This discussion of infinite time and its consequences came about because a character in the story Lighter than Claire suggested (not literally) that it might be worth writing something on the topic.
In the 16th and 17th centuries, the vanitas, or vanity, art style carried the religious reminder that life is temporary—mostly everyone dies. Nevertheless, concepts of living forever, life after life, and life after death have been around for a long time, in many religions as well as in fiction. While some people are quite keen on one afterlife possibility or another, others, like Richard Dawkins,¹ would prefer to simply stay dead after they die.
It’s easy to imagine that, from a strictly scientific point of view, that’s exactly what happens, but if you take some ideas from speculative fiction and consider their scientific and philosophical implications, it’s not quite so obvious. In science fiction, things often happen unexpectedly after death—zombification, minds in machines, brains in poorly labelled jars, etc—and generally the revivification techniques have unfortunate side effects. Although becoming a zombie might have some attractions, there are other sci fi concepts that are more relevant to an afterlife.
One link between science fiction and the science/philosophy of an afterlife comes from the concepts of teleportation and cloning. The important aspects are summarized by Sam Harris² in his book “Waking Up.” Taking an example from Teleportation 101, we can imagine a person, say John Carter, being copied, transmitted as information, and reconstituted at a remote location, like Mars. In effect the traveler has been cloned, and the original who was left behind probably has to be humanely euthanased to avoid confusion. Harris discusses the issue of who is whom from the standpoint of psychological identity. Since the gap in consciousness needed for the transmission of information and reassembly is hardly different to anesthesia or deep sleep as far as the John Carter on Mars is concerned, Harris concludes that, in essence, both are John Carter.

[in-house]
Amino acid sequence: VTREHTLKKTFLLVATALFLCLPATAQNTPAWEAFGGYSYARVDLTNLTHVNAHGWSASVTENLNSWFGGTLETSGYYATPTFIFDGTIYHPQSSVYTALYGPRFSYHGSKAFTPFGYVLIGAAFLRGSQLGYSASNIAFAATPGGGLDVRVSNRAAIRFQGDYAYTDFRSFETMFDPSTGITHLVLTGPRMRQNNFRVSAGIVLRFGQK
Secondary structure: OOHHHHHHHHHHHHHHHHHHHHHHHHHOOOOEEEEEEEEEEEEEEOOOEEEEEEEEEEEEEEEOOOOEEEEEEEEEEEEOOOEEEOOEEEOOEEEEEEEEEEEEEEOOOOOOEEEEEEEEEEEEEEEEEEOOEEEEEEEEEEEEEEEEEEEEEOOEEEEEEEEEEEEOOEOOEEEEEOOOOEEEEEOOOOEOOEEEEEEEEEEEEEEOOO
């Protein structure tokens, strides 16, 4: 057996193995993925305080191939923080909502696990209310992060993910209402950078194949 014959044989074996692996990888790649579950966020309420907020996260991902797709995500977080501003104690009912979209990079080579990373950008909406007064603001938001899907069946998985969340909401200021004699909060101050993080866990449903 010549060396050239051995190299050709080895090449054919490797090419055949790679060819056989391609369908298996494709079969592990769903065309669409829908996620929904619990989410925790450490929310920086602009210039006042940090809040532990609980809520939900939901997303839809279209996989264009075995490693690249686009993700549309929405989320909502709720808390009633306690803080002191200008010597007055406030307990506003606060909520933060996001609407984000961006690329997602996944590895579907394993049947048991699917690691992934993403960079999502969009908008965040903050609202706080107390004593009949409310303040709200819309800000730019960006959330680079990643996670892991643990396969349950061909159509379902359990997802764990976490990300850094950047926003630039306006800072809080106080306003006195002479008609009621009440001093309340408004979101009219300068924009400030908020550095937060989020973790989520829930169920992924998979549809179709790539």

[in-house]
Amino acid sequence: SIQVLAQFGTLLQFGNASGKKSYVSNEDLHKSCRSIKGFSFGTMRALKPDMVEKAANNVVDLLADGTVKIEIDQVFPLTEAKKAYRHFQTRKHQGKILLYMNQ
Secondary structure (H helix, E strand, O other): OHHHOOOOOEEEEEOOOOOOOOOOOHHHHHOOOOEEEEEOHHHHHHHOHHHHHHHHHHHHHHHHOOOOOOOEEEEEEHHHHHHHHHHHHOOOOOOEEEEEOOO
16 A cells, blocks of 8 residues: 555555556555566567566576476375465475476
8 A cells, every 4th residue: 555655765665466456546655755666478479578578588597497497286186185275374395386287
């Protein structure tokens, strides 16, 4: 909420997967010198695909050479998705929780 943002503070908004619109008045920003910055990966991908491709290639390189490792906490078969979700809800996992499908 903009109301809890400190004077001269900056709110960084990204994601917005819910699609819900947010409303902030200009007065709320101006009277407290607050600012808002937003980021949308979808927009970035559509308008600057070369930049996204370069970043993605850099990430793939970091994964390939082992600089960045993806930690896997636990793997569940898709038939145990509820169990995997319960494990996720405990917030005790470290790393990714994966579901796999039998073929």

So is teleportation a good deal, or should you avoid buying a ticket unless it’s low season and you get a discount? If you can’t resist a bargain, then you’re already very close to a kind of life after death, because that’s exactly what’s happened to John Carter. But it turns out you don’t actually need to buy a teleportation ticket, and in fact you might not need any sort of teleportation or cloning device at all.
From the point of view of immediate reality, the only kind of time that matters is time that we’re aware of in some way as it passes, ie, not deep sleep or unconsciousness. Sleep’s half brother is death, and without awareness, death lasts for no time at all. But even though no conscious time passes for the deceased, time in this universe and probably in others keeps running on, to somewhere close to infinity. The problem with being the deceased person in this scenario is that, on the way to infinity, a lot of stuff might happen to you:
- Sentient avocados from Rigel 5 might somehow get hold of a copy of your mind, and after you die³ they might revive you as an intelligence inside a dishwashing robot.
- As this universe, or another universe, contracts and oscillates, an exact copy of you might reappear purely by chance. It’s a clone, but a clone is you.
- And so on.
who’s afraid of infinity?
At its heart, I think fear of infinity is a fear of the vastness that we’re all a part of. For me, it’s something to be treasured. How lucky we are to know so much about our reality, and still have so much to explore and try to understand. As Robert Louis Stevenson put it,
The world is so full of a number of things, I’m sure we should all be as happy as kings.
Anyway, in case you’re still concerned, I’m sure the Rigelians treat their robots well—days off and a regular service plan at least.
¹Comment made in the TV series ‘Sex, Death, and the Meaning of Life.’
²Sam Harris, “Waking Up,” Transworld, 2014.
³After isn’t really the right word here. Time, like space, is a property of a particular universe, but the timeline of consciousness is tied to our memories.